A Holocene record of climate-driven shifts in coastal carbon sequestration

Geophysical Research Letters
By: , and 



A sediment core collected in the mesohaline portion of Chesapeake Bay was found to contain periods of increased delivery of refractory black carbon (BC) and polycyclic aromatic hydrocarbons (PAHs). The BC was most likely produced by biomass combustion during four centennialscale dry periods as indicated by the Palmer Drought Severity Index (PDSI), beginning in the late Medieval Warm Period of 1100 CE. In contrast, wetter periods were associated with increased non-BC organic matter influx into the bay, likely due to greater runoff and associated nutrient delivery. In addition, an overall increase in both BC and non-BC organic matter deposition during the past millennium may reflect a shift in climate regime. The finding that carbon sequestration in the coastal zone responds to climate fluctuations at both centennial and millennial scales through fire occurrence and nutrient delivery has implications for past and future climate predictions. Drought-induced fires may lead, on longer timescales, to greater carbon sequestration and, therefore, represent a negative climate feedback. Copyright 2009 by the American Geophysical Union.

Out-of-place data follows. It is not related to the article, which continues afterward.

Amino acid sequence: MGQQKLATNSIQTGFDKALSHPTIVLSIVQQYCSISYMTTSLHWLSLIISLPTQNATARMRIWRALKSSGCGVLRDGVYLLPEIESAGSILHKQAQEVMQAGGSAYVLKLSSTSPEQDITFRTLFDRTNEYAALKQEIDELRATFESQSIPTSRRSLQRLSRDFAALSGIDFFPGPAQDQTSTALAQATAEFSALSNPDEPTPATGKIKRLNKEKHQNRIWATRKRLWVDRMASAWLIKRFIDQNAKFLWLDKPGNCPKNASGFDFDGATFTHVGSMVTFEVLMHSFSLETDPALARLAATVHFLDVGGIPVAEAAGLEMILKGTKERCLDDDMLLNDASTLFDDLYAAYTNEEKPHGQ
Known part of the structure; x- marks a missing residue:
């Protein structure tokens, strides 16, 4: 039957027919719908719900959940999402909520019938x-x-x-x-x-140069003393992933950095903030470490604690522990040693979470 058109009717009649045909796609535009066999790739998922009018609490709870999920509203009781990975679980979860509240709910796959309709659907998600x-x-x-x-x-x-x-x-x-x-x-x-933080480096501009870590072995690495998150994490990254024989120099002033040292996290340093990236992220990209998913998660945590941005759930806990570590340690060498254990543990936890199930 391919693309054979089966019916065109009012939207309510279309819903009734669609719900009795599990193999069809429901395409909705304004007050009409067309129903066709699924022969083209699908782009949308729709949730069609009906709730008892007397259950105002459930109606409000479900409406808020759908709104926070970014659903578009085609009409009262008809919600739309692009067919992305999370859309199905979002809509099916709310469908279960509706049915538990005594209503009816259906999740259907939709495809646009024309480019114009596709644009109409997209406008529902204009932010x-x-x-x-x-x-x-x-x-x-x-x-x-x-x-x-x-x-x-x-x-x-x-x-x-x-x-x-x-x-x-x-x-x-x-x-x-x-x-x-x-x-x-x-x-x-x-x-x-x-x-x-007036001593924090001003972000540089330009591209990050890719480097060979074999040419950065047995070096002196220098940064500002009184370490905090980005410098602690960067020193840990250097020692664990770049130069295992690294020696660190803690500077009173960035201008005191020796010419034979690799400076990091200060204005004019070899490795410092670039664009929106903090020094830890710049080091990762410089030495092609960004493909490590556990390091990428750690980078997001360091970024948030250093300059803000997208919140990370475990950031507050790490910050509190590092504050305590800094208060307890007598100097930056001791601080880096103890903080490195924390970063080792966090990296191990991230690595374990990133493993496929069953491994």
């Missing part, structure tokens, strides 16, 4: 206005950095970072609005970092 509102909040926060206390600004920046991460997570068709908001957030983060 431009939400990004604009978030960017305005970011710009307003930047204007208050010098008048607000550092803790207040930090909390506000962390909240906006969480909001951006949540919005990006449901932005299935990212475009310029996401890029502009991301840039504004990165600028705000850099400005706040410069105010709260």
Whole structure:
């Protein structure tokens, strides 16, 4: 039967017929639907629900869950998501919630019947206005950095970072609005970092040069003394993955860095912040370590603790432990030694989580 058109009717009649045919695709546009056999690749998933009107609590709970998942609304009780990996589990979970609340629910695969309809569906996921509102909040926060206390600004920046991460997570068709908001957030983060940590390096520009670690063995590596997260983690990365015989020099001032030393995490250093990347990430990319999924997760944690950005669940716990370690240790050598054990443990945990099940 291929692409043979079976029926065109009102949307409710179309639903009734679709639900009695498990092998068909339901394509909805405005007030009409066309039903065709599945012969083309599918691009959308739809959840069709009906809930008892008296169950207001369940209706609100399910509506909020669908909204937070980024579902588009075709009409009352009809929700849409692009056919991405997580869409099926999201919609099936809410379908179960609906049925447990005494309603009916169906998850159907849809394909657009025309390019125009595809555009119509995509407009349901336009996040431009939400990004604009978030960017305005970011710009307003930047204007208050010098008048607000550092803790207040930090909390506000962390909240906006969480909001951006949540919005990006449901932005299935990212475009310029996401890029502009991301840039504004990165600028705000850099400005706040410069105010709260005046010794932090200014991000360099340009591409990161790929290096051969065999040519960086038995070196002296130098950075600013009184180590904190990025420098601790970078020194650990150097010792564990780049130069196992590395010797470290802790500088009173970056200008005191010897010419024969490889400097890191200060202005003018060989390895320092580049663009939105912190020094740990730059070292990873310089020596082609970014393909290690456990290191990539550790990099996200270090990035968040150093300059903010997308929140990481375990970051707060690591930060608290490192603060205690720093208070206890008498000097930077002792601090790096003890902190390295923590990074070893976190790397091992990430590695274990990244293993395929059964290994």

Publication type Article
Publication Subtype Journal Article
Title A Holocene record of climate-driven shifts in coastal carbon sequestration
Series title Geophysical Research Letters
DOI 10.1029/2008GL036875
Volume 36
Issue 5
Year Published 2009
Language English
Larger Work Type Article
Larger Work Subtype Journal Article
Larger Work Title Geophysical Research Letters
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